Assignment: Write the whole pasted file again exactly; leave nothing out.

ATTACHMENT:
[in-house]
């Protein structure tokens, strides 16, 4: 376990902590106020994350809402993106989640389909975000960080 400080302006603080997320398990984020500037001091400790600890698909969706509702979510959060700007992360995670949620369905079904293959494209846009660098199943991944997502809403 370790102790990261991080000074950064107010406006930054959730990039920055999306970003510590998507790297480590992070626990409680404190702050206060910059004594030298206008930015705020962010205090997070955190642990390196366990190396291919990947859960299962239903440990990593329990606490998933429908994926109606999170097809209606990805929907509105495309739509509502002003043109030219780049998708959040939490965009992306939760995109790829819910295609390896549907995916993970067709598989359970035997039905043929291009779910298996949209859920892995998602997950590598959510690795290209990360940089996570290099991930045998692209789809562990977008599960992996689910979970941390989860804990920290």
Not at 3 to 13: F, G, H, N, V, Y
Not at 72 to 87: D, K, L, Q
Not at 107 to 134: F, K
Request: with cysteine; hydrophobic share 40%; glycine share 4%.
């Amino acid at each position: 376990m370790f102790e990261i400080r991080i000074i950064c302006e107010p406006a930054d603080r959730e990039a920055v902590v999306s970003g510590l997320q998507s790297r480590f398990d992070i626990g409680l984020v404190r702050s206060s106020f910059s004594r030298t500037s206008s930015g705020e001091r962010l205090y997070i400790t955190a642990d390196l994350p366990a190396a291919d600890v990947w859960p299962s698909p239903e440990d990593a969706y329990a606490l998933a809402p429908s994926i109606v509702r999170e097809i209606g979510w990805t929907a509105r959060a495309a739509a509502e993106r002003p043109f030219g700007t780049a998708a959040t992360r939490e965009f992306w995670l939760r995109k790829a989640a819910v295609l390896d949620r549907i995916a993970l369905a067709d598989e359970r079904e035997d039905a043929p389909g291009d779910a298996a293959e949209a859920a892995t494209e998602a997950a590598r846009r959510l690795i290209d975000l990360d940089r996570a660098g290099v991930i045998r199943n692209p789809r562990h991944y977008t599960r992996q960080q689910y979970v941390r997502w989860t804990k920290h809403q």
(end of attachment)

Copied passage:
[in-house]
């Protein structure tokens, strides 16, 4: 376990902590106020994350809402993106989640389909975000960080 400080302006603080997320398990984020500037001091400790600890698909969706509702979510959060700007992360995670949620369905079904293959494209846009660098199943991944997502809403 370790102790990261991080000074950064107010406006930054959730990039920055999306970003510590998507790297480590992070626990409680404190702050206060910059004594030298206008930015705020962010205090997070955190642990390196366990190396291919990947859960299962239903440990990593329990606490998933429908994926109606999170097809209606990805929907509105495309739509509502002003043109030219780049998708959040939490965009992306939760995109790829819910295609390896549907995916993970067709598989359970035997039905043929291009779910298996949209859920892995998602997950590598959510690795290209990360940089996570290099991930045998692209789809562990977008599960992996689910979970941390989860804990920290």
Not at 3 to 13: F, G, H, N, V, Y
Not at 72 to 87: D, K, L, Q
Not at 107 to 134: F, K
Request: with cysteine; hydrophobic share 40%; glycine share 4%.
């Amino acid at each position: 376990m370790f102790e990261i400080r991080i000074i950064c302006e107010p406006a930054d603080r959730e990039a920055v902590v999306s970003g510590l997320q998507s790297r480590f398990d992070i626990g409680l984020v404190r702050s206060s106020f910059s004594r030298t500037s206008s930015g705020e001091r962010l205090y997070i400790t955190a642990d390196l994350p366990a190396a291919d600890v990947w859960p299962s698909p239903e440990d990593a969706y329990a606490l998933a809402p429908s994926i109606v509702r999170e097809i209606g979510w990805t929907a509105r959060a495309a739509a509502e993106r002003p043109f030219g700007t780049a998708a959040t992360r939490e965009f992306w995670l939760r995109k790829a989640a819910v295609l390896d949620r549907i995916a993970l369905a067709d598989e359970r079904e035997d039905a043929p389909g291009d779910a298996a293959e949209a859920a892995t494209e998602a997950a590598r846009r959510l690795i290209d975000l990360d940089r996570a660098g290099v991930i045998r199943n692209p789809r562990h991944y977008t599960r992996q960080q689910y979970v941390r997502w989860t804990k920290h809403q």